Undesignated Direction

Which way up?  A painting with subject matter like this could go any which way.  Which do you prefer?  By the time this post goes up, the painting will be finished but the way up will still be up in the air…

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This way looks airy and draws attention to the grouping of three in a row.

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No, this doesn’t work. None of them look right side up necessarily, but this one looks upside down for sure.

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I don’t like the movement in this one. Some kind of shuffling dance jerking to the right.  On the bright side, the flower on the left looks quite striking.

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This is right side up according to the original plan. It has the advantage of the light being at the top and all those shadowy stalks moving upwards.

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Painting Expedition

Wind.  Rain.  Just really cold.  Welcome to painting in the great Alberta outdoors!  Still, it must be done.  This is really good for bulking up one’s artistic know how.  The thrill of painting in the elements is unmatched by any studio experience.  The paint and paper and water doing uncharacteristic things builds patience, technical skill, and the acceptance of mistakes…  sigh.  The practice is what makes it perfect.  This is our first plein air expedition of 2019.

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Painting at a local pond along the highway and railway tracks, there isn’t much to choose from as far as subject matter goes.  The train was colourful and horizontal.  Judy managed to fit the historic NAR building in as well.  Actually, just now there is quite a dirt pile around the building, which is still under construction, so we have both made the dirt browns a little nicer than they are.  Both Carolyn’s and Judy’s sketches are done in pen, then painted with Cass watercolourcolours.

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It always helps to have a critic.  Once the camera started coming out Pip took off for a walk around the pond.  Spying a muskrat, he jumped in the water up to his belly and enjoyed himself very much.

Working on Values

At our weekend watercolour course, we led the students through a lot of information about values and contrast.  We began with pencil thumbnail sketches, studying photos and imagining how light sources could move or change to enhance an image.  Then we moved into the painting, following through in colour all the thoughts about light and dark.

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Above is Judy’s value sketch of a small waterfall, brightly lit by the summer sun.  Her painting is below.  The snow study was done by a student.IMG_1599

Carolyn’s winter building was chosen to show the use of warm and cold colours as well as primary, secondary and complimentary colours.

Here are more examples of value studies, all student work except Carolyn’s painting on the right:IMG_1601.jpg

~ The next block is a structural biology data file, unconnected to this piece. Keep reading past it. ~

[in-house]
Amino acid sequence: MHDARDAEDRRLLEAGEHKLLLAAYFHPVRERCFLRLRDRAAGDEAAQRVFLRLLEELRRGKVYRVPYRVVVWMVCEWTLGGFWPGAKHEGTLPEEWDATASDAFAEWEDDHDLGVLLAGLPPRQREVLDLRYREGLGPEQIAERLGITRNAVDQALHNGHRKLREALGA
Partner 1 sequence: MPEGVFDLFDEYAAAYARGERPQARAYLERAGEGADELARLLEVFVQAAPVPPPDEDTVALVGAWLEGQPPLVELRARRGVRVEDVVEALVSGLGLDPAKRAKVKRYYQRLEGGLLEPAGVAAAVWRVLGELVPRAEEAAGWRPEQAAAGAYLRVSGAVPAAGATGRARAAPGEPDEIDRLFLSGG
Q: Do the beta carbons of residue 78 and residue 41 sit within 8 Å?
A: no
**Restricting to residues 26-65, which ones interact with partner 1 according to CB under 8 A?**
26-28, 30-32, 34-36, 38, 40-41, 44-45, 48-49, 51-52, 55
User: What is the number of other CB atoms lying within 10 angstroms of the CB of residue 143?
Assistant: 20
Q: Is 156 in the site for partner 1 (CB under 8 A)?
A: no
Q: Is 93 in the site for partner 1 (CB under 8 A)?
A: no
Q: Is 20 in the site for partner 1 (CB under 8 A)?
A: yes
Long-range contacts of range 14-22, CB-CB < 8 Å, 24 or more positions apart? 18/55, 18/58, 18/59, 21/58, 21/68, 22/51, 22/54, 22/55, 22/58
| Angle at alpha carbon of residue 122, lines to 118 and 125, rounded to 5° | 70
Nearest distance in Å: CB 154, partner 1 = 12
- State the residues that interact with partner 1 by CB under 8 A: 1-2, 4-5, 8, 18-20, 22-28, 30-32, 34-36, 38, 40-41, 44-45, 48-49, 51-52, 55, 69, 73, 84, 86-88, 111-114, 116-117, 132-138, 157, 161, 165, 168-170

Acrylics Right and Wrong

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Our adult art classes were exploring the proper approach to acrylic painting.  The one on the right was a demonstration of a quick, one shot painting.  The canvas was not prepared beforehand and the paint was not dry between layers.  You can probably tell that the colours don’t cover bare canvas very well, and they leave very prominent brush strokes.  The colours in the roses are weak and almost transparent.  You might also be able to see some streaks across the painting that were on the canvas and not sanded out prior to painting.  Only on the right side, where an extra layer of greens was added later, is the look of depth and saturation of colour beginning to grow.

The one on the left was done in class, after several layers of gesso were applied and sanded to prepare the board for paint.  Three or four layers of paint were built up to make a vivid, realistic image.  Finally, a coat of gloss was applied to settle in the colours and make the painting look finished (but also a bit matte for the camera).

This was a great learning lesson which extended over three weeks, beginning with a value sketch and ending with a finished piece.  Check back tomorrow to see the class results.

Peace Watercolour Society at the Palliative Care Gallery

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The hospital in Spirit River has a great little gallery where local artists can show their work for three months and, in return, donate 25% of their sales to Palliative Care right here in the hospital.  Staff, patients and the general public enjoy the changing scenery.  As we take down each show, eager questions as to what will be up next are proudly met.  As we hang each show, passersby stop to take in the appeal of brand new art.

Judy is a long time member of the Palliative Care Committee and was the genius behind our hanging system.  She has been booking artists and hanging shows since the space was first set aside for a gallery.  Carolyn is good at helping to hang, label, and take down shows as well.

Until June, members of the Peace Watercolour Society, including Judy and Carolyn, will have their work hanging in the hallway gallery.  We hope our pieces brighten the days of all who pass.